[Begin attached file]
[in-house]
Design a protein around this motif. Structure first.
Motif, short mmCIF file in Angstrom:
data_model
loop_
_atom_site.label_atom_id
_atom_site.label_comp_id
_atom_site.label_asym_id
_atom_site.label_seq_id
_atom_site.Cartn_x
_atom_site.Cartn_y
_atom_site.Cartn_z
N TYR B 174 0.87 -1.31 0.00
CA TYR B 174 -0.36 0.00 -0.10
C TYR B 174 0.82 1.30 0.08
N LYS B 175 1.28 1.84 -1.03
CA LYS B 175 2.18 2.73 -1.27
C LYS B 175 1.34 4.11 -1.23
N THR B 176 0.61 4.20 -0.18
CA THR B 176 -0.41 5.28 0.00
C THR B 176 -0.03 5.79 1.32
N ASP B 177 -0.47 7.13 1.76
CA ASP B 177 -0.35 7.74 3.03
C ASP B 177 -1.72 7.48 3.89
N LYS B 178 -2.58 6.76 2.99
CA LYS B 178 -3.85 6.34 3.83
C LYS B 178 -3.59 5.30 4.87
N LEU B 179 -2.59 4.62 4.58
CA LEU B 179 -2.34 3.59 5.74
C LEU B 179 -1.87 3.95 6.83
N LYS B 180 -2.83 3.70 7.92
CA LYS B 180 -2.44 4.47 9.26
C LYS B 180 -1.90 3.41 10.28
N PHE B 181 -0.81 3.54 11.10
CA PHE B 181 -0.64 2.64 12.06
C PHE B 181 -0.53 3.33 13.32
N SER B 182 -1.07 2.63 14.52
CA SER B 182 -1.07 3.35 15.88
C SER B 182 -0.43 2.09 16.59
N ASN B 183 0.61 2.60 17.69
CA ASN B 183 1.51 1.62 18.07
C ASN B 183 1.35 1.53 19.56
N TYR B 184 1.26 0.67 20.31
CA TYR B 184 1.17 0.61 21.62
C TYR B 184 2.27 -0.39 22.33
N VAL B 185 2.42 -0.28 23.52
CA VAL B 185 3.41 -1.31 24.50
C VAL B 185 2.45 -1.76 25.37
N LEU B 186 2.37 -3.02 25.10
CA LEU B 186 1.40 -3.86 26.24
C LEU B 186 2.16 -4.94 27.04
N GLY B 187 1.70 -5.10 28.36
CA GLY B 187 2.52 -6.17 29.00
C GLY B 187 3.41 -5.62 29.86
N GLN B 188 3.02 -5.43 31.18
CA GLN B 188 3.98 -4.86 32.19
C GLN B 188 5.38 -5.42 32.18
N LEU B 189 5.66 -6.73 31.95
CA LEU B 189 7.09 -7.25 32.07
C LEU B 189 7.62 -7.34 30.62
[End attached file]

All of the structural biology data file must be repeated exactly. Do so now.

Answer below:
[in-house]
Design a protein around this motif. Structure first.
Motif, short mmCIF file in Angstrom:
data_model
loop_
_atom_site.label_atom_id
_atom_site.label_comp_id
_atom_site.label_asym_id
_atom_site.label_seq_id
_atom_site.Cartn_x
_atom_site.Cartn_y
_atom_site.Cartn_z
N TYR B 174 0.87 -1.31 0.00
CA TYR B 174 -0.36 0.00 -0.10
C TYR B 174 0.82 1.30 0.08
N LYS B 175 1.28 1.84 -1.03
CA LYS B 175 2.18 2.73 -1.27
C LYS B 175 1.34 4.11 -1.23
N THR B 176 0.61 4.20 -0.18
CA THR B 176 -0.41 5.28 0.00
C THR B 176 -0.03 5.79 1.32
N ASP B 177 -0.47 7.13 1.76
CA ASP B 177 -0.35 7.74 3.03
C ASP B 177 -1.72 7.48 3.89
N LYS B 178 -2.58 6.76 2.99
CA LYS B 178 -3.85 6.34 3.83
C LYS B 178 -3.59 5.30 4.87
N LEU B 179 -2.59 4.62 4.58
CA LEU B 179 -2.34 3.59 5.74
C LEU B 179 -1.87 3.95 6.83
N LYS B 180 -2.83 3.70 7.92
CA LYS B 180 -2.44 4.47 9.26
C LYS B 180 -1.90 3.41 10.28
N PHE B 181 -0.81 3.54 11.10
CA PHE B 181 -0.64 2.64 12.06
C PHE B 181 -0.53 3.33 13.32
N SER B 182 -1.07 2.63 14.52
CA SER B 182 -1.07 3.35 15.88
C SER B 182 -0.43 2.09 16.59
N ASN B 183 0.61 2.60 17.69
CA ASN B 183 1.51 1.62 18.07
C ASN B 183 1.35 1.53 19.56
N TYR B 184 1.26 0.67 20.31
CA TYR B 184 1.17 0.61 21.62
C TYR B 184 2.27 -0.39 22.33
N VAL B 185 2.42 -0.28 23.52
CA VAL B 185 3.41 -1.31 24.50
C VAL B 185 2.45 -1.76 25.37
N LEU B 186 2.37 -3.02 25.10
CA LEU B 186 1.40 -3.86 26.24
C LEU B 186 2.16 -4.94 27.04
N GLY B 187 1.70 -5.10 28.36
CA GLY B 187 2.52 -6.17 29.00
C GLY B 187 3.41 -5.62 29.86
N GLN B 188 3.02 -5.43 31.18
CA GLN B 188 3.98 -4.86 32.19
C GLN B 188 5.38 -5.42 32.18
N LEU B 189 5.66 -6.73 31.95
CA LEU B 189 7.09 -7.25 32.07
C LEU B 189 7.62 -7.34 30.62